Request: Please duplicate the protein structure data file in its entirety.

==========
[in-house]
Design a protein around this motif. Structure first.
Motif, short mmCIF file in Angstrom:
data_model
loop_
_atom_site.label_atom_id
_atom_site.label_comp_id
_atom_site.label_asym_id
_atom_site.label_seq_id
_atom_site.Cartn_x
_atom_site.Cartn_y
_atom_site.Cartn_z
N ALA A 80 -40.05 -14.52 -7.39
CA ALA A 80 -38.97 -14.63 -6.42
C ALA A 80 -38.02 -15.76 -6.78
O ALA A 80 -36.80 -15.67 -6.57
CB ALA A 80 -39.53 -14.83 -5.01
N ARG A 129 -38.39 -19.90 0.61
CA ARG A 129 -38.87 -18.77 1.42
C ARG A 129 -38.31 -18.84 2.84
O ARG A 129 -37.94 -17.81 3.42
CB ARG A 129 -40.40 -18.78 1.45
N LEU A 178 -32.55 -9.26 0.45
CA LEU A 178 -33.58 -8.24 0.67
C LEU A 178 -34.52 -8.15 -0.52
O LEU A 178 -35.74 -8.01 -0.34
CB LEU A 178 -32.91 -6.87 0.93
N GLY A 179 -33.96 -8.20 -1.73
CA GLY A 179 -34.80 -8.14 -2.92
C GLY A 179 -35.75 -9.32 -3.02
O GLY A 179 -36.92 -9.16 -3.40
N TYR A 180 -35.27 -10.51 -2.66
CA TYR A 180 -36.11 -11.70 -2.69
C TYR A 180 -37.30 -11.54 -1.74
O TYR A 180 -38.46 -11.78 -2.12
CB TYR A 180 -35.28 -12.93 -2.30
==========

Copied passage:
[in-house]
Design a protein around this motif. Structure first.
Motif, short mmCIF file in Angstrom:
data_model
loop_
_atom_site.label_atom_id
_atom_site.label_comp_id
_atom_site.label_asym_id
_atom_site.label_seq_id
_atom_site.Cartn_x
_atom_site.Cartn_y
_atom_site.Cartn_z
N ALA A 80 -40.05 -14.52 -7.39
CA ALA A 80 -38.97 -14.63 -6.42
C ALA A 80 -38.02 -15.76 -6.78
O ALA A 80 -36.80 -15.67 -6.57
CB ALA A 80 -39.53 -14.83 -5.01
N ARG A 129 -38.39 -19.90 0.61
CA ARG A 129 -38.87 -18.77 1.42
C ARG A 129 -38.31 -18.84 2.84
O ARG A 129 -37.94 -17.81 3.42
CB ARG A 129 -40.40 -18.78 1.45
N LEU A 178 -32.55 -9.26 0.45
CA LEU A 178 -33.58 -8.24 0.67
C LEU A 178 -34.52 -8.15 -0.52
O LEU A 178 -35.74 -8.01 -0.34
CB LEU A 178 -32.91 -6.87 0.93
N GLY A 179 -33.96 -8.20 -1.73
CA GLY A 179 -34.80 -8.14 -2.92
C GLY A 179 -35.75 -9.32 -3.02
O GLY A 179 -36.92 -9.16 -3.40
N TYR A 180 -35.27 -10.51 -2.66
CA TYR A 180 -36.11 -11.70 -2.69
C TYR A 180 -37.30 -11.54 -1.74
O TYR A 180 -38.46 -11.78 -2.12
CB TYR A 180 -35.28 -12.93 -2.30